You might think that getting natural stone from a quarry to your home’s floor is a fairly simple process. Something like just slice and ship. But like all pieces of art, which natural stone should be considered, there’s also a real art to its production. For millions of years, a combination of heat and pressure created blocks of natural stone, including granite, marble, travertine, limestone, and slate. As the earth's crust began to grow and erode, it pushed minerals up from its core, forming massive rock deposits, which we refer to as “quarries”.
These quarries are found in many countries throughout the world: Italy, China, Spain, India, Canada, Turkey, Mexico and the United States. There, people who have been quarrying stone for generations, work with precision and passion, with expert selection skills, and a devotion to their craft that’s second to none. They are among the world’s last true artisans and their pride and heritage runs as deep as the stone they quarry. We’re sure they would be honored to see their artwork showcased across the floors of your home.
However, science now plays a major role at the quarry. Recent advances in the stone industry’s equipment and technology have greatly impacted the process of extracting stone from the quarry and installing it in a home. Today’s modern tools can accomplish this with speed and efficiency. At the quarry, giant blocks of stone are cut out of the earth with diamond studded, high-speed equipment. This diamond wire cutting system has revolutionized the extraction process; a once laborious and time-consuming manual task.
The blocks of stone are then moved to a processing plant where they are cut into slabs. High-speed gang saws are used to slice the blocks into multiple slabs. A gang saw is fitted with several blades, typically about 12 to 15 feet long, that make simultaneous parallel cuts. Not your typical hand saw. If you’re wondering what happens to all the heat produced, water cools the blades while in motion and also helps control the dust. And would you believe it takes about 2 days for a gang saw to completely cut a 20-ton block of stone?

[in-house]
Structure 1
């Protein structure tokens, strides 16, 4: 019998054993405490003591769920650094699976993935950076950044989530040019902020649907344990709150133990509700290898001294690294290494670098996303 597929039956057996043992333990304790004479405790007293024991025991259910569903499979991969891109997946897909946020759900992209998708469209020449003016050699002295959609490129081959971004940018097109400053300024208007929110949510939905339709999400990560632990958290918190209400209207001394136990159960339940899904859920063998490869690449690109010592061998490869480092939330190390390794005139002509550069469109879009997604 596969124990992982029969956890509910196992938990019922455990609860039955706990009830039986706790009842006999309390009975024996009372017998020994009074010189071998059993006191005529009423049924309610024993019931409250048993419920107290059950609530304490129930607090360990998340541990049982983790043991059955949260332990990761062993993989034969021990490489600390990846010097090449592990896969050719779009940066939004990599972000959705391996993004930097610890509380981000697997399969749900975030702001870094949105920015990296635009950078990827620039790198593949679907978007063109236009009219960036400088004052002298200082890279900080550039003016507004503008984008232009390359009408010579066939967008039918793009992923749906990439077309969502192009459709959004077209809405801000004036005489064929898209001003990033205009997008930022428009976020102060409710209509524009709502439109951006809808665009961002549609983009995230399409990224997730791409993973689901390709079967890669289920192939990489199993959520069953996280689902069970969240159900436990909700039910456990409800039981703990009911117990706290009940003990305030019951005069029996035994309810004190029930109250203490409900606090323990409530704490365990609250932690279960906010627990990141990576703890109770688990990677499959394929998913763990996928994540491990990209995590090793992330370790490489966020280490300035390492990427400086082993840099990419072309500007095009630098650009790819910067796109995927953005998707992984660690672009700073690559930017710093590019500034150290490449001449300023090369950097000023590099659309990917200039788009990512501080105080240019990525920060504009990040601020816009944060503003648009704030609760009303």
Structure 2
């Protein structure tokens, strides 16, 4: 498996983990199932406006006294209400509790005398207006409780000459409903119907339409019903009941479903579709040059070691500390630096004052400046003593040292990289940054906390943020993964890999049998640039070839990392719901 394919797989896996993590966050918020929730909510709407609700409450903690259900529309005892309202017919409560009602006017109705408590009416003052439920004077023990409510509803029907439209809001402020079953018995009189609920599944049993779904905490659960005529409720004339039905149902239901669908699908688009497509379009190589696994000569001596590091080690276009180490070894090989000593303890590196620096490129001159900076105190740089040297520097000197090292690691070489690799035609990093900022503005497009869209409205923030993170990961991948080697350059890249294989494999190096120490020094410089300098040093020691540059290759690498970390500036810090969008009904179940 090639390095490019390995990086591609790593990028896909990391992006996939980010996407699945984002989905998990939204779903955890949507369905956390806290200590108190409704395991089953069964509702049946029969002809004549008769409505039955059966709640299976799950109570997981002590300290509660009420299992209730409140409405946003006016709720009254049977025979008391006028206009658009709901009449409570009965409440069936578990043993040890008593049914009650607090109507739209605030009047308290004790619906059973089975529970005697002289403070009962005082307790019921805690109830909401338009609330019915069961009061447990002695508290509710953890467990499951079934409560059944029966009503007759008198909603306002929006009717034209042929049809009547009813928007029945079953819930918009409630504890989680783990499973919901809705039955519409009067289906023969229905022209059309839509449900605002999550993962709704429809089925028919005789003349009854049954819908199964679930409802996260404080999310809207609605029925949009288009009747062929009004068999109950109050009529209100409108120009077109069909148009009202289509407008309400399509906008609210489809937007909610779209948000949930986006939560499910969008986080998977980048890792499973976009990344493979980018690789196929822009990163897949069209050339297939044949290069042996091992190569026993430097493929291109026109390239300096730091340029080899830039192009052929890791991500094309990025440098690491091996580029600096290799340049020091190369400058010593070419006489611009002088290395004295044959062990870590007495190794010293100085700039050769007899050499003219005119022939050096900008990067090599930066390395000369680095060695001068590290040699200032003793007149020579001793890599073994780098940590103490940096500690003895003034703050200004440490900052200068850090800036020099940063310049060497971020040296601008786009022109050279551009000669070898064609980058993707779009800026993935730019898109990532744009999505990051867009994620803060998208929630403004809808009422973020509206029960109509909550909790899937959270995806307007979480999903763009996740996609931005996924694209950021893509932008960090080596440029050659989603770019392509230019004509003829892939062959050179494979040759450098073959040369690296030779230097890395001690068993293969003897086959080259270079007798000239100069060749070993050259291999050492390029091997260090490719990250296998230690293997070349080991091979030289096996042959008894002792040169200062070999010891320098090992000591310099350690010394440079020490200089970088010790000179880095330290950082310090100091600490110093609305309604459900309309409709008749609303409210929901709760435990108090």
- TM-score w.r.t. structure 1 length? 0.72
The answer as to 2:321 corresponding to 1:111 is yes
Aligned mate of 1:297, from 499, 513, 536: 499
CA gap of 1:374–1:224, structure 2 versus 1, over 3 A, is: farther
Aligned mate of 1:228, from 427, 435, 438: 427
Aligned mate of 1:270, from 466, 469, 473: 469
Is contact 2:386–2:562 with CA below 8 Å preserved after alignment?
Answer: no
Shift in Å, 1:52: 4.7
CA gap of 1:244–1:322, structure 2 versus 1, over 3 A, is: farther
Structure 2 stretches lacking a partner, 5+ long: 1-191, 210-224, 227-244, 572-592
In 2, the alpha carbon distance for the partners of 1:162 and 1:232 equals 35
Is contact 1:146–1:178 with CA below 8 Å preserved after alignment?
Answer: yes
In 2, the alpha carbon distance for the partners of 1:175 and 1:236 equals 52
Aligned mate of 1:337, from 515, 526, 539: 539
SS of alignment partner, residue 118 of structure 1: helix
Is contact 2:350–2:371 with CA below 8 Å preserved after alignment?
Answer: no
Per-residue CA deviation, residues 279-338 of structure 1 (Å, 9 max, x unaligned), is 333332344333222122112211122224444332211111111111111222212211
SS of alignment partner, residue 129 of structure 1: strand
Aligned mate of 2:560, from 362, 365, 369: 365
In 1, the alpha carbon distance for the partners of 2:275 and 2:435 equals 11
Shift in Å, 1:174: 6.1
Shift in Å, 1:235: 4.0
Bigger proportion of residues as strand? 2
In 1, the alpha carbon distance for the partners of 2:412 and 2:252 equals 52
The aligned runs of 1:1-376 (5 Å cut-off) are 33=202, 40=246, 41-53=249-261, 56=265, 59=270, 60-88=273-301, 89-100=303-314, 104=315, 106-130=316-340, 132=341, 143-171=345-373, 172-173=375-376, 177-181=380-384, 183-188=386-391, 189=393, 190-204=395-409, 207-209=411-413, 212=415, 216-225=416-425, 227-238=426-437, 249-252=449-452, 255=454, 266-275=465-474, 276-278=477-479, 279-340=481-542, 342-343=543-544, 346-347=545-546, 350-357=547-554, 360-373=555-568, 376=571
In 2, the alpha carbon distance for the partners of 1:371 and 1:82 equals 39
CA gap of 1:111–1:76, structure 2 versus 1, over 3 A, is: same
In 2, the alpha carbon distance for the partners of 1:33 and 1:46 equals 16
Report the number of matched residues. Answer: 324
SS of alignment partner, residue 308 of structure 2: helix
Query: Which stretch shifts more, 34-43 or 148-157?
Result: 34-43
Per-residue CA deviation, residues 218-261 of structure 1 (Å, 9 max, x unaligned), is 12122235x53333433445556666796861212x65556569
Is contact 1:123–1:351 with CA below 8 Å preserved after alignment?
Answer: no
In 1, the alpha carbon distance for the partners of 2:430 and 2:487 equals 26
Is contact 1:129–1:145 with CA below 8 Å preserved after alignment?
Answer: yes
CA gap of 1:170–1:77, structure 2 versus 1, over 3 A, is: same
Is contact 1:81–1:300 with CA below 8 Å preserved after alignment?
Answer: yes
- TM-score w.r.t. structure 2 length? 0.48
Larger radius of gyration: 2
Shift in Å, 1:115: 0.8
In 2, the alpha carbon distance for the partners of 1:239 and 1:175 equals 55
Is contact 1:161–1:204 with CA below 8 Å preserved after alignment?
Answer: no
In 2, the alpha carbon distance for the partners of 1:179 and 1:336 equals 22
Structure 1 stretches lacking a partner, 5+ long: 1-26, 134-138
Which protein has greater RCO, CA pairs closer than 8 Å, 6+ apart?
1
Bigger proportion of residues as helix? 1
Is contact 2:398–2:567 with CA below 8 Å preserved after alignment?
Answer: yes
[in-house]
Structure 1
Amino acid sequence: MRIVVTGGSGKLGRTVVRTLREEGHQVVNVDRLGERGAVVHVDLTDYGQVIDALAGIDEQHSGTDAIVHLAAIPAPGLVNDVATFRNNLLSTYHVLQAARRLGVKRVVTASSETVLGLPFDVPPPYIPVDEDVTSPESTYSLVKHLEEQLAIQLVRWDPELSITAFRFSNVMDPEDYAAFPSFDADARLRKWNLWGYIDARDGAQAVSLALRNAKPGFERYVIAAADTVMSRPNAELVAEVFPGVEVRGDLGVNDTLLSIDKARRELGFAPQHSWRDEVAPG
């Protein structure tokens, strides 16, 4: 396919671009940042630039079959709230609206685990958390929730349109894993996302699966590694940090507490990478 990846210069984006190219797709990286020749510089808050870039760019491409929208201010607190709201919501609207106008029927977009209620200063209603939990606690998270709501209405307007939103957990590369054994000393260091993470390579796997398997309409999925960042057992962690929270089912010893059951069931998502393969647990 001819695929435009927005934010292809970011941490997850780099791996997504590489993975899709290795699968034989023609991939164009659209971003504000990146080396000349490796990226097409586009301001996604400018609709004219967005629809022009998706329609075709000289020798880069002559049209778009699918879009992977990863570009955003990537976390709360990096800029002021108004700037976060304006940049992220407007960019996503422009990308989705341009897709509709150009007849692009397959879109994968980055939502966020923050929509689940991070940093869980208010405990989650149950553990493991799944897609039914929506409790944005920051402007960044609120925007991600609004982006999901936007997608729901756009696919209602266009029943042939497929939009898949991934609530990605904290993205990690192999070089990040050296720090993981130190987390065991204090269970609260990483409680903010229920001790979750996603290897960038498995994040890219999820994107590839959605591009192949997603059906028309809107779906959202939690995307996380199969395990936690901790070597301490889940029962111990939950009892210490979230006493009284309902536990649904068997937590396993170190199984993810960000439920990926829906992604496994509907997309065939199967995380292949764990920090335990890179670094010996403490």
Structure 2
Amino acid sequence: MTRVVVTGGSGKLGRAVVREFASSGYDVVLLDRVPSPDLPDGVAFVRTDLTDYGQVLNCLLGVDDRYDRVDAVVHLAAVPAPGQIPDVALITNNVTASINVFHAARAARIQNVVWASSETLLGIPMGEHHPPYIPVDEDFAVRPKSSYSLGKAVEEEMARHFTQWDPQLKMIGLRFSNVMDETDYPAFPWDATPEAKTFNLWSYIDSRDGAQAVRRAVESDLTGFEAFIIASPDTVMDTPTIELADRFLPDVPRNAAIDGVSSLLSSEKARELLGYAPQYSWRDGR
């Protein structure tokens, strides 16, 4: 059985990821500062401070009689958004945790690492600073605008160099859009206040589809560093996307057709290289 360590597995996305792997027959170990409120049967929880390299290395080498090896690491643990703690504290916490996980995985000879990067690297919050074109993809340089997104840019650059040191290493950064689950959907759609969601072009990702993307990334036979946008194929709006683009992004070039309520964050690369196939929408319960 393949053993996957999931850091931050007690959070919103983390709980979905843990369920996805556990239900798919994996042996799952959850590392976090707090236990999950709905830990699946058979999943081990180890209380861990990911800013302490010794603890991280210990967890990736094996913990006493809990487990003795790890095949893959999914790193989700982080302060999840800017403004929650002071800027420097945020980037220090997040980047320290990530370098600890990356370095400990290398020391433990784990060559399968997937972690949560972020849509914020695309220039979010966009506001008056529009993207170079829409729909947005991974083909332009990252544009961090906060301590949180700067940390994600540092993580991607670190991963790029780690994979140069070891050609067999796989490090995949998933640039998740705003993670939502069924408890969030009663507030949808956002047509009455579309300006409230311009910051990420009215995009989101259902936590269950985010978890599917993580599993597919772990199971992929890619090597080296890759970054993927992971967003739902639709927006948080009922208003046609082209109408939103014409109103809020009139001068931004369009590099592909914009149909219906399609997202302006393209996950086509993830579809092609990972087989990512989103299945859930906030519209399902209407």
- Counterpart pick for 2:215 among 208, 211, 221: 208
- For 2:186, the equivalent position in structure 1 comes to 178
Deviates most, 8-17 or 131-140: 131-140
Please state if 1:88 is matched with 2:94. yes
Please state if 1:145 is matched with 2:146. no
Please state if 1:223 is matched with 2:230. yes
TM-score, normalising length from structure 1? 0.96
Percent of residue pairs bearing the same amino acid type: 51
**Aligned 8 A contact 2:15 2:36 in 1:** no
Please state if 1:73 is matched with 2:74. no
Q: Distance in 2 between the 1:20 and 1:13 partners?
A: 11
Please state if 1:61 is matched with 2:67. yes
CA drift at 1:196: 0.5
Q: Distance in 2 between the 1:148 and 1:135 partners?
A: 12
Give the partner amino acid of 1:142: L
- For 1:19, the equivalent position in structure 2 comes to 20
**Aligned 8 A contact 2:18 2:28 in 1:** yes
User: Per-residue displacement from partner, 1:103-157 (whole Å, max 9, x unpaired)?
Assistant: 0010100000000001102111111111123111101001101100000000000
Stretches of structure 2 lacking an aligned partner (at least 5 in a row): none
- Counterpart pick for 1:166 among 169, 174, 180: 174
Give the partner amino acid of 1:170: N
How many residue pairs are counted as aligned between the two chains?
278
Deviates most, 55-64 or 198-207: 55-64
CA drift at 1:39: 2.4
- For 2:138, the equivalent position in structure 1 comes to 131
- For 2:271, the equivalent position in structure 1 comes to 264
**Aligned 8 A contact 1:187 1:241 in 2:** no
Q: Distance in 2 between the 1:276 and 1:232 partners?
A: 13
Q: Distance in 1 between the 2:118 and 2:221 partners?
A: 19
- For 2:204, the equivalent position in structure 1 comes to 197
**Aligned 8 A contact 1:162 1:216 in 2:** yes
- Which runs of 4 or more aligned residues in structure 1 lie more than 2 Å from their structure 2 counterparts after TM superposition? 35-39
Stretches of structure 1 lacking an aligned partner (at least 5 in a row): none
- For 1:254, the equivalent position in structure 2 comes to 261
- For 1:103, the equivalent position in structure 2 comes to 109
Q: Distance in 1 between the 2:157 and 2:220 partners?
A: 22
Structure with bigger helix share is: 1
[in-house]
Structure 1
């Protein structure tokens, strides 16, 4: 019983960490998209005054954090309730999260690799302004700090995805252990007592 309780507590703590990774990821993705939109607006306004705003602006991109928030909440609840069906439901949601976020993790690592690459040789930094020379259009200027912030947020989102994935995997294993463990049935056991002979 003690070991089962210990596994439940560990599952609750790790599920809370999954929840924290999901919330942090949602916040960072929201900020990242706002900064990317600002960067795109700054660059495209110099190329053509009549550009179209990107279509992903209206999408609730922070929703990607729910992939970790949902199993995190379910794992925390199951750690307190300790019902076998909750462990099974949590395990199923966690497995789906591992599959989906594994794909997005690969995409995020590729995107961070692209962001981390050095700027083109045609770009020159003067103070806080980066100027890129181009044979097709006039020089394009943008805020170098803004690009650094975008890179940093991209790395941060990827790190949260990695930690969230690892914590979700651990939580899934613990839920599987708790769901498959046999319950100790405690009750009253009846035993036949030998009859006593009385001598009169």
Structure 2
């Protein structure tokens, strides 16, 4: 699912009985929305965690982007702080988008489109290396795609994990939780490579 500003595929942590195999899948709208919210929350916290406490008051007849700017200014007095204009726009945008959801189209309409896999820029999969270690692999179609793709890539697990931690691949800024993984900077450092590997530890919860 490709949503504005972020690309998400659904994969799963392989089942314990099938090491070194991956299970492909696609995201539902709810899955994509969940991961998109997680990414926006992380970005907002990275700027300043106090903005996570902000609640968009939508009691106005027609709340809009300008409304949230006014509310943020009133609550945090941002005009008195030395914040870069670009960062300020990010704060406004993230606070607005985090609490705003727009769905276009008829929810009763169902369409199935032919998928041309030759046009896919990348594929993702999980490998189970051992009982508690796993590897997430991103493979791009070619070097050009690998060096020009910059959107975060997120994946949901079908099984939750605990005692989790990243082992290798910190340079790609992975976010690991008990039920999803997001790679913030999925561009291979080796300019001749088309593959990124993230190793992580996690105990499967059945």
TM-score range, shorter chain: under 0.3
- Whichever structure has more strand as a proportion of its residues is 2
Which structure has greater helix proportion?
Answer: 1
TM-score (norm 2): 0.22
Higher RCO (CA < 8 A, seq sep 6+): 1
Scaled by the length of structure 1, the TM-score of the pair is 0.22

Next, machines take a shine to the slabs. The slabs are sent through a polishing machine that puts the desired finish on the piece. How is this done? A polishing machine operates using spindles that rotate polishing pads at high speeds over the top of the stone. Most of these polishing machines can produce a number of different finishes, from a rough, rustic texture to a mirrored polish. These options are another one of the beauties of natural stone.
During this stage, the slab is also calibrated, meaning its surface is worked down to a relatively uniform thickness across the length of the material. The next collaborator is the fabricator. At the fabricator’s facility the slab is customized for specific installations. Edges are shaped and polished. This is done with a series of small saws, or router bits, which are, again, diamond studded and water-cooled. They rotate at high speeds and pass across the edge of the slab to shape the sides into the desired edge detail. If the slab has been designated to become tiles, the slab is cut down into smaller squares such as 12” x 12”, 16” x 16”, 18” x 18” etc.
A different, more precise machine will give the tiles their final polish after they have been cut. The tiles are then packaged, shipped and stored uniquely: they are stored vertically, never one package on top of the other.
These are the solid facts on how natural stone is made. We hope they build a firmer foundation of knowledge – make you a smarter shopper. Perhaps they’ve even laid the groundwork for a decision to make natural stone a flooring solution for the way you live.